A 62- year-old man requests the removal of an irritated growth on his back. During a skin examination, a protuberant reddened nodule on the patient’s scalp is found that was partially covered by hair. He states that this lesion has been present since birth and has recently started to enlarge but has remained asymptomatic and only bleeds when accidentally grazed by his barber. He is in good health and on no oral medications except low-dose finasteride to prevent hair loss.
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Syringocystadenoma papilliferum (SCAP) is a rare, benign, adnexal neoplasm that typically presents as a single, red to brown plaque. The lesion may have ulcerations, crusting, and serous drainage or a wart-like appearance. It may present as small papules with linear distribution or arise within a sebaceous nevus.1 A sebaceous nevus is a hamartoma of the apocrine sweat gland that most commonly presents at birth. Sebaceous nevi and SCAP are characteristically found on the head or neck; a case report documents occurrence in the supragluteal region.2 The etiology of SCAP is unknown. Sporadic cases have been linked to BRAF V600E mutation.3
Differential diagnosis of SCAP may include sebaceous nevus, epidermal nevus, or aplasia cutis congenita. Dermoscopy is nonspecific with polymorphous vessels as a prevalent feature.4 Histopathology is characterized by invaginated papillations that connect to the surface squamous epithelium containing 2 layers: columnal to cuboidal (inner layer) and basal/myoepithelial cells (outer layer).1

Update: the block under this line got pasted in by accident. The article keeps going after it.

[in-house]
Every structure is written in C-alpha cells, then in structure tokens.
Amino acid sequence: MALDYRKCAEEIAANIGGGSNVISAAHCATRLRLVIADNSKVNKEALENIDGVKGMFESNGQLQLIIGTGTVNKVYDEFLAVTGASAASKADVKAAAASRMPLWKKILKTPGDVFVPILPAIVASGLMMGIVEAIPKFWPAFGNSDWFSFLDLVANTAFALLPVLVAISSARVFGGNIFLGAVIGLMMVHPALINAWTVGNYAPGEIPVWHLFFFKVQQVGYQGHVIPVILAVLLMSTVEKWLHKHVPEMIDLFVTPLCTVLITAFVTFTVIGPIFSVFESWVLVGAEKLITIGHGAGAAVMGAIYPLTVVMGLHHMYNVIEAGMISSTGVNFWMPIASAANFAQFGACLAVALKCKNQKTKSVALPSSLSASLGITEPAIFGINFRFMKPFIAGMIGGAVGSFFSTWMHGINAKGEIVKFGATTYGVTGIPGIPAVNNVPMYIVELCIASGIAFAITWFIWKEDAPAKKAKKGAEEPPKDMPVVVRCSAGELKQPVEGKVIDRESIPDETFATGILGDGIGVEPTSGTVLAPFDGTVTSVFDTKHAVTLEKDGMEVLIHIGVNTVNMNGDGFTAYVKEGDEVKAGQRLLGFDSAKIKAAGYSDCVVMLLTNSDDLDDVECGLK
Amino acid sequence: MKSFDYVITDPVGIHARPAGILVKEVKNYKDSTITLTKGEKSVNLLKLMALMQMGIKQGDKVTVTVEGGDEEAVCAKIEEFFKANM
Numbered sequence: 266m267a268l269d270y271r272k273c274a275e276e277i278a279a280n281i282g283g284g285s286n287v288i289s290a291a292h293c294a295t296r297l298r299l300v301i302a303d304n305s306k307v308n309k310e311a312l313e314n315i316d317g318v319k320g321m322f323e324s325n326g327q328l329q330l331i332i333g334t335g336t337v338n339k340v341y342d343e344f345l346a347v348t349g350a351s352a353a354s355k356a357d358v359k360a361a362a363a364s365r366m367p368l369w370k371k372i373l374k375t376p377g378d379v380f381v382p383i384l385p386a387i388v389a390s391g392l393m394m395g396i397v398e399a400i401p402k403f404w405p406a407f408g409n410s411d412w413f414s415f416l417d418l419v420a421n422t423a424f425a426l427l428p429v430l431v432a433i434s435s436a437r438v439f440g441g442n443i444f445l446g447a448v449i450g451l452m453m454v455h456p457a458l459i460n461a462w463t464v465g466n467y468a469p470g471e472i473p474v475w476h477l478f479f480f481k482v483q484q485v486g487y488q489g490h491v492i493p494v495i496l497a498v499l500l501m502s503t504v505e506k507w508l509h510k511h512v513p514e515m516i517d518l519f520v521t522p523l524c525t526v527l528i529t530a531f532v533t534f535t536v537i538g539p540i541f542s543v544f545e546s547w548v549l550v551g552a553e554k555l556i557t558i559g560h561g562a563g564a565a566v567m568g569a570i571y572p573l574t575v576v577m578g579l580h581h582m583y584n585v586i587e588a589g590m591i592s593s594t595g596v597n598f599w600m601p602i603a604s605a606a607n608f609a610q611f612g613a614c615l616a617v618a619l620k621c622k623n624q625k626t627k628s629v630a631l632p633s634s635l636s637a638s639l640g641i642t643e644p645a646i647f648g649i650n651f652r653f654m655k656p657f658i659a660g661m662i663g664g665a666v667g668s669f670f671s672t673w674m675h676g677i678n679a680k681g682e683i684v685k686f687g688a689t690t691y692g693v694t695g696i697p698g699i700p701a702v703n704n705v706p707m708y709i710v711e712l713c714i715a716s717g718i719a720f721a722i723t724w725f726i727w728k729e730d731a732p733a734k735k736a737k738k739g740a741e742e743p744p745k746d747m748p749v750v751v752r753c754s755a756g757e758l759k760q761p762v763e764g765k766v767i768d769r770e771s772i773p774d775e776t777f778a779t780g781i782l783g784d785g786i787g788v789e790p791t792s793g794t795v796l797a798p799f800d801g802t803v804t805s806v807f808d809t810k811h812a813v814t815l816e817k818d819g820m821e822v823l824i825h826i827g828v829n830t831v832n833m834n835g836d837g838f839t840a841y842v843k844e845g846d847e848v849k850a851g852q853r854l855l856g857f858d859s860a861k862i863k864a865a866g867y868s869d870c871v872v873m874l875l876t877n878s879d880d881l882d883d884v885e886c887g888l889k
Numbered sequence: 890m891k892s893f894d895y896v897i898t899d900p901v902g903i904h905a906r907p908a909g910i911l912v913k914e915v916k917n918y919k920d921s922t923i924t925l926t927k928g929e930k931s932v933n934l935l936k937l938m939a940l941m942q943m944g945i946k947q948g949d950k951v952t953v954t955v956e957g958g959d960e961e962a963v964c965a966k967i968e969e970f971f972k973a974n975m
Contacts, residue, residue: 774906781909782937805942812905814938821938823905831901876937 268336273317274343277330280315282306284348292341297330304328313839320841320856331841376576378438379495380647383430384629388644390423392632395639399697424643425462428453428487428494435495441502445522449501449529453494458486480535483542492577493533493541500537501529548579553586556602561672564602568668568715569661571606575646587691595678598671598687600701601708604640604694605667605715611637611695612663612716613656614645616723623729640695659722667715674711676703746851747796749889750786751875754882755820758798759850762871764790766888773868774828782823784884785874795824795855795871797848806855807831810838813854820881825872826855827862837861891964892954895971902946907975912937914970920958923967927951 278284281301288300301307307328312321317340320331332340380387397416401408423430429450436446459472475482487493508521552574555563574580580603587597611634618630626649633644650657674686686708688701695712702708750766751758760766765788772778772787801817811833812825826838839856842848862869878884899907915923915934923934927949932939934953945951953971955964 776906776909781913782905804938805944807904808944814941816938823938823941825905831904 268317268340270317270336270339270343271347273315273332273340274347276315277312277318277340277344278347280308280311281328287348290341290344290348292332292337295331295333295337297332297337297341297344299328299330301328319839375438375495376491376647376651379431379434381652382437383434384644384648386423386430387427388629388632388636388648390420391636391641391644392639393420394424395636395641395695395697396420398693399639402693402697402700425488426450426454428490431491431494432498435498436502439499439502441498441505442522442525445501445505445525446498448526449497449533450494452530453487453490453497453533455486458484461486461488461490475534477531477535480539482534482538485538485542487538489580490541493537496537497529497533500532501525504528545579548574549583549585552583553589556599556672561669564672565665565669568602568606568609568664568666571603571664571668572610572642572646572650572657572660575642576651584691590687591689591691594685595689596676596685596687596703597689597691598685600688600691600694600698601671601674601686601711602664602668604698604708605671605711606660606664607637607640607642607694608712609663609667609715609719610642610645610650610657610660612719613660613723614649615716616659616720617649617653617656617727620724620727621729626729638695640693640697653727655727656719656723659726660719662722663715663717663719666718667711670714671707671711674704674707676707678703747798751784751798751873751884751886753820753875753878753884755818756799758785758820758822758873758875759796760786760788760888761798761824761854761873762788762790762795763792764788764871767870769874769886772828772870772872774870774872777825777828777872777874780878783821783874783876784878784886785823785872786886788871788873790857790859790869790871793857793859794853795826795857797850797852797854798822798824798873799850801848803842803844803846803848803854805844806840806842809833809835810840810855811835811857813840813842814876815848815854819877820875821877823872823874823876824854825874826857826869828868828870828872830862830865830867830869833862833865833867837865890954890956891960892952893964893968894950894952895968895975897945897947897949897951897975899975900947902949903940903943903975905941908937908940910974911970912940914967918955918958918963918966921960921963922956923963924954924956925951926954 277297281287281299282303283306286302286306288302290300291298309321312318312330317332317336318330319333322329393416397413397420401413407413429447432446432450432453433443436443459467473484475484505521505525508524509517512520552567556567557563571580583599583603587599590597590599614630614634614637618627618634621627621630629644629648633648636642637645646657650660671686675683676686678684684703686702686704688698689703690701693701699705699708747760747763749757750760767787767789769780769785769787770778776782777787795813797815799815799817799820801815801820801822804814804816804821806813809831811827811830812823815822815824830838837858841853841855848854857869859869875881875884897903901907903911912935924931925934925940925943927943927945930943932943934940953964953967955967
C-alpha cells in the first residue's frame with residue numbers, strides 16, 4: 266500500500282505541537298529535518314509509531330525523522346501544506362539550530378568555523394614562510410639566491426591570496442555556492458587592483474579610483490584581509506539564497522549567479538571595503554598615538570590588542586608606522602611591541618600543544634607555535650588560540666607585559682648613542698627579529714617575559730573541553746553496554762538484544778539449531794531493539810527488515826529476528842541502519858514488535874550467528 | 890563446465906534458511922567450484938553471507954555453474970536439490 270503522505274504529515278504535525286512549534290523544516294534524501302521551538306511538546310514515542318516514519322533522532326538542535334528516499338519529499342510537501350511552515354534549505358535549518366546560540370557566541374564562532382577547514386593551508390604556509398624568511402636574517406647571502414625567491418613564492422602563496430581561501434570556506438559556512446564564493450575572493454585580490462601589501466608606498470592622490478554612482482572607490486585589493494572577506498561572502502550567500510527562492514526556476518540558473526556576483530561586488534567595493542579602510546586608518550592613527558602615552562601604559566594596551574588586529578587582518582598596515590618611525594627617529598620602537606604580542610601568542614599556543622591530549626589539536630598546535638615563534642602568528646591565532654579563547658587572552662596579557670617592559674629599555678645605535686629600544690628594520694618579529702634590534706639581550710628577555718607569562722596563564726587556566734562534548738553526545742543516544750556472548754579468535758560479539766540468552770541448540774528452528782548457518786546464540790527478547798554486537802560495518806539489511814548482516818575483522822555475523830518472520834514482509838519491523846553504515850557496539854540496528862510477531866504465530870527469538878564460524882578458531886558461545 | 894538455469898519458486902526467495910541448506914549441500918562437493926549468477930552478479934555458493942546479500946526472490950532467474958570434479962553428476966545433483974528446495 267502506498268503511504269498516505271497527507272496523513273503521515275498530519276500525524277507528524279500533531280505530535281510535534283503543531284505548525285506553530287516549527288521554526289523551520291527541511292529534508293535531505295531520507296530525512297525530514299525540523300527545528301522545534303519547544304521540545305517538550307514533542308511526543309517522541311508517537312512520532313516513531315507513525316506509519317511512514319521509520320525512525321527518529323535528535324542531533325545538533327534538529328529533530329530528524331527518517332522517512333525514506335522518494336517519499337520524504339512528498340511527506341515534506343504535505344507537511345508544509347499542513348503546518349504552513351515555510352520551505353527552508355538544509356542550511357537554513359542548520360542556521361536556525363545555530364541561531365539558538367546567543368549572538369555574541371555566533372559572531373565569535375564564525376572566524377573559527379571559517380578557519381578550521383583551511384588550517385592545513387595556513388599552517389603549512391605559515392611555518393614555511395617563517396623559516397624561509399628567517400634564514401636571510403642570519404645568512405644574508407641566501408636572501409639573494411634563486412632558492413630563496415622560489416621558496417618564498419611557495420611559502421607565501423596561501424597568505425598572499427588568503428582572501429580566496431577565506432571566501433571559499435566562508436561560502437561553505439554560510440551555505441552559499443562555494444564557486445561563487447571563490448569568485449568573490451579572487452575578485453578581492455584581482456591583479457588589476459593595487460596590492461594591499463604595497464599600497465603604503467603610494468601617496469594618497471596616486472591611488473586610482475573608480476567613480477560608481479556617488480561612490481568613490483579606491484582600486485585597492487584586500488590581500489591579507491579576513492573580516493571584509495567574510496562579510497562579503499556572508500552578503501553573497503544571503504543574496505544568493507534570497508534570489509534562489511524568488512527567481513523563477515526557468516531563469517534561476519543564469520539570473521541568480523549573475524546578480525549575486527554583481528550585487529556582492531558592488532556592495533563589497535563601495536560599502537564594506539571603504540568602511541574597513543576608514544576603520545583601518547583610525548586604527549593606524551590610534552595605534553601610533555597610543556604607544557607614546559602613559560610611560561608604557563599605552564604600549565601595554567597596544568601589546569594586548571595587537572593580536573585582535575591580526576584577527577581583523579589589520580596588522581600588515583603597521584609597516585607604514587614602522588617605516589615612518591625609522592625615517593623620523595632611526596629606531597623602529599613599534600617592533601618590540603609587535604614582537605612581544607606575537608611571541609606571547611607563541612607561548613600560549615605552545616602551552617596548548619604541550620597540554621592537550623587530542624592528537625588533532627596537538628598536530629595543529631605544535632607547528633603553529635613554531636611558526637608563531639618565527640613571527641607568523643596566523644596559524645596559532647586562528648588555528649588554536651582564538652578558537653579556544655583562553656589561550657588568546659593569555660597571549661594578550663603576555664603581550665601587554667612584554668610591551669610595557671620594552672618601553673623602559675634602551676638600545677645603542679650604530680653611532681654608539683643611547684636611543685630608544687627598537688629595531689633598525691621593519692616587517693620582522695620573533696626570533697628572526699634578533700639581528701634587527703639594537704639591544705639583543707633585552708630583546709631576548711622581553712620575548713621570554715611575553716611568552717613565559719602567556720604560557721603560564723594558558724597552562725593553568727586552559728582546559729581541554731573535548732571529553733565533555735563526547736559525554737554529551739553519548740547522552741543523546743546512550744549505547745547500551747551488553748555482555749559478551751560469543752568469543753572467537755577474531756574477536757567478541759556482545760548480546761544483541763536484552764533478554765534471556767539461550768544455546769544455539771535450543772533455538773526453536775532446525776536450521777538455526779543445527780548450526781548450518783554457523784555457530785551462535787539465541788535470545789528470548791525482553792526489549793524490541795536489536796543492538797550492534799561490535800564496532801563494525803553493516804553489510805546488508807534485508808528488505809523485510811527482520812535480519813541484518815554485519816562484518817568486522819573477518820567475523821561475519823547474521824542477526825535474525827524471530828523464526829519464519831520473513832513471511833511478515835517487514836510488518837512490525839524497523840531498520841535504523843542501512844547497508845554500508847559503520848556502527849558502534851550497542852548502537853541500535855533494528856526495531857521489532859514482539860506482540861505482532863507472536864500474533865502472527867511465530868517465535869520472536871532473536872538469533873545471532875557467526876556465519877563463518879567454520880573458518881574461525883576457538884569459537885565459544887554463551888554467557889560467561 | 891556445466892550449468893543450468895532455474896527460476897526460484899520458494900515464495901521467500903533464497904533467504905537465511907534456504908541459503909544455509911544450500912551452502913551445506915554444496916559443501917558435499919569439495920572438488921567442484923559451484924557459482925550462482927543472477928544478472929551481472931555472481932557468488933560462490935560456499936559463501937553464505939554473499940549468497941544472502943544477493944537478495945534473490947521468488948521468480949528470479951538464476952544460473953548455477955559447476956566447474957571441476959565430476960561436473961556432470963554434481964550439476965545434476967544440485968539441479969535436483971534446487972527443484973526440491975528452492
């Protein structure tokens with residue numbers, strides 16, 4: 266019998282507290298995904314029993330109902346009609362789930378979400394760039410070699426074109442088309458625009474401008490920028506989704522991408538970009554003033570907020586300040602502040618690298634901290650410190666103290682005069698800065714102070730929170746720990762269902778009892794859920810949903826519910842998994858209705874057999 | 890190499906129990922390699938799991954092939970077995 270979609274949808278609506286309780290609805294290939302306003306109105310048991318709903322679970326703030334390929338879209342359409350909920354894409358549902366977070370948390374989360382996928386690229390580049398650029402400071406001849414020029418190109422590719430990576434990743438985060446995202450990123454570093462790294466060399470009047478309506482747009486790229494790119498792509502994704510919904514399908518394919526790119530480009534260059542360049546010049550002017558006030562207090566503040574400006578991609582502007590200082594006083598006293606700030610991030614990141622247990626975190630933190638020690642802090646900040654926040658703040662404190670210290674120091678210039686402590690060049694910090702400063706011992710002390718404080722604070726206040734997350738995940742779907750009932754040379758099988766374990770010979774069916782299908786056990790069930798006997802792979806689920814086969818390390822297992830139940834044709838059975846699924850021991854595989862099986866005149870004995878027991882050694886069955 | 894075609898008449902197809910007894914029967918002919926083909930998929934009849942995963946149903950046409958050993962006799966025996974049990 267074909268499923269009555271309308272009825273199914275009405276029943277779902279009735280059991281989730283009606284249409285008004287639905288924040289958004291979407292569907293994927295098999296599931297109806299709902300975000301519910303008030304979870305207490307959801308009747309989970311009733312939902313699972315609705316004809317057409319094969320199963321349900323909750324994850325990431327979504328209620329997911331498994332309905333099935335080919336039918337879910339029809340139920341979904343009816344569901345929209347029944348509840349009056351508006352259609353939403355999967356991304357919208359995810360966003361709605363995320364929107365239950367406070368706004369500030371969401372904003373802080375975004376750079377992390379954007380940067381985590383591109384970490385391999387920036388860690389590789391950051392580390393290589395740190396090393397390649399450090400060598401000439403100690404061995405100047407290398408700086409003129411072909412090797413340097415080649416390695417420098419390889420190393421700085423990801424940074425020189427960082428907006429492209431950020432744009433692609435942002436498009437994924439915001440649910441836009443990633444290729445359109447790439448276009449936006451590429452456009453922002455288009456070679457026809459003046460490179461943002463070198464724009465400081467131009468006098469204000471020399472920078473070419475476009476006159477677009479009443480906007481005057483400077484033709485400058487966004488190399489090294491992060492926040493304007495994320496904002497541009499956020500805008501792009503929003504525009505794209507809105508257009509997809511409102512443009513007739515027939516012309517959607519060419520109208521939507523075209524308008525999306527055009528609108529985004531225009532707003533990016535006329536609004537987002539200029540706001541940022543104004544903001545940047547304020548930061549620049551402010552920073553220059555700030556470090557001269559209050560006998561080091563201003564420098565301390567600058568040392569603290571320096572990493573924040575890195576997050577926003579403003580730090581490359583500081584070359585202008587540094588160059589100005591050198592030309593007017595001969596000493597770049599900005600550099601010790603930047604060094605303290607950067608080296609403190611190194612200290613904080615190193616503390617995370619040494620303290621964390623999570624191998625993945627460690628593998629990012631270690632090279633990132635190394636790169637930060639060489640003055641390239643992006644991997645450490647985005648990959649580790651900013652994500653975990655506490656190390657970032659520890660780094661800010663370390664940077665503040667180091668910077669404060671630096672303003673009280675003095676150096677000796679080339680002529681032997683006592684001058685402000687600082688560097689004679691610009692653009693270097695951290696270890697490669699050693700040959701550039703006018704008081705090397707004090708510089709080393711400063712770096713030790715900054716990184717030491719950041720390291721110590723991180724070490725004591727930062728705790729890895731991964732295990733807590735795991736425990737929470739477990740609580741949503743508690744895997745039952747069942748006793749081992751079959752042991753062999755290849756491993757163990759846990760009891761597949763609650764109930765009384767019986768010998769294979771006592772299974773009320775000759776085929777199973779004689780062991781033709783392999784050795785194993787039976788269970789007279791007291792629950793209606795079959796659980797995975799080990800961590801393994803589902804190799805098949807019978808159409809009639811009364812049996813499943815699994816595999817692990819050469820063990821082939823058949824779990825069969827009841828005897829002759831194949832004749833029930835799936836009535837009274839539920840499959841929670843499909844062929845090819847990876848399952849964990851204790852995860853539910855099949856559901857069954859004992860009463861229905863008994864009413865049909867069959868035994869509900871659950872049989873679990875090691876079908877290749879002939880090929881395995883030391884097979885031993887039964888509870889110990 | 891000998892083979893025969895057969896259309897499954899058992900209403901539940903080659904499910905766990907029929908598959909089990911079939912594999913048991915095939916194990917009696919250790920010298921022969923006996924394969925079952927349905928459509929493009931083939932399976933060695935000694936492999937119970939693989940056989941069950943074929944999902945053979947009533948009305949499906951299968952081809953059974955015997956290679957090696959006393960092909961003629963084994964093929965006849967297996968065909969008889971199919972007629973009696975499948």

SCAP may undergo malignant transformation to basal cell carcinoma or, less commonly, squamous cell carcinoma.2 Other reported transformations of SCAP include syringocystadenocarcinoma papilliferum, hidradenoma papilliferum, verrucous carcinoma, condyloma acuminatum, and apocrine adenoma. The treatment of choice is full excision of the lesion.
Stephen Schleicher, MD, is director of the DermDox Center for Dermatology in Pennsylvania, associate professor of medicine at Commonwealth Medical College, and clinical instructor of dermatology at Arcadia University and Kings College. Sarah Jacobs, PA-C, is a graduate of Kings College.
1. Foreman RK, Duncan L. Appendage tumors of the skin. In: Kang S, Amagai M, Bruckner AL, et al eds. Fitzpatrick’s Dermatology. 9th ed. McGraw-Hill.
2. Singh M, Choudhary S, Chaurasia J. Well-differentiated squamous cell carcinoma arising in syringocystadenoma papilliferum. Indian Dermatol Online J. 2019;10(2):168-170. doi:10.4103/idoj.IDOJ_43_1
3. Al Hawsawi K, Alharazi A, Ashary A, Siddique A. Syringocystadenoma papilliferum: a case report and review of the literature. Case Rep Dermatol. 2019;11(1):36-39. doi:10.1159/000497054
4. Lombardi M, Piana S, Longo C, et al. Dermoscopy of syringocystadenoma papilliferum. Australas J Dermatol. 2018;59(1):e59-e61. doi:10.1111/ajd.12654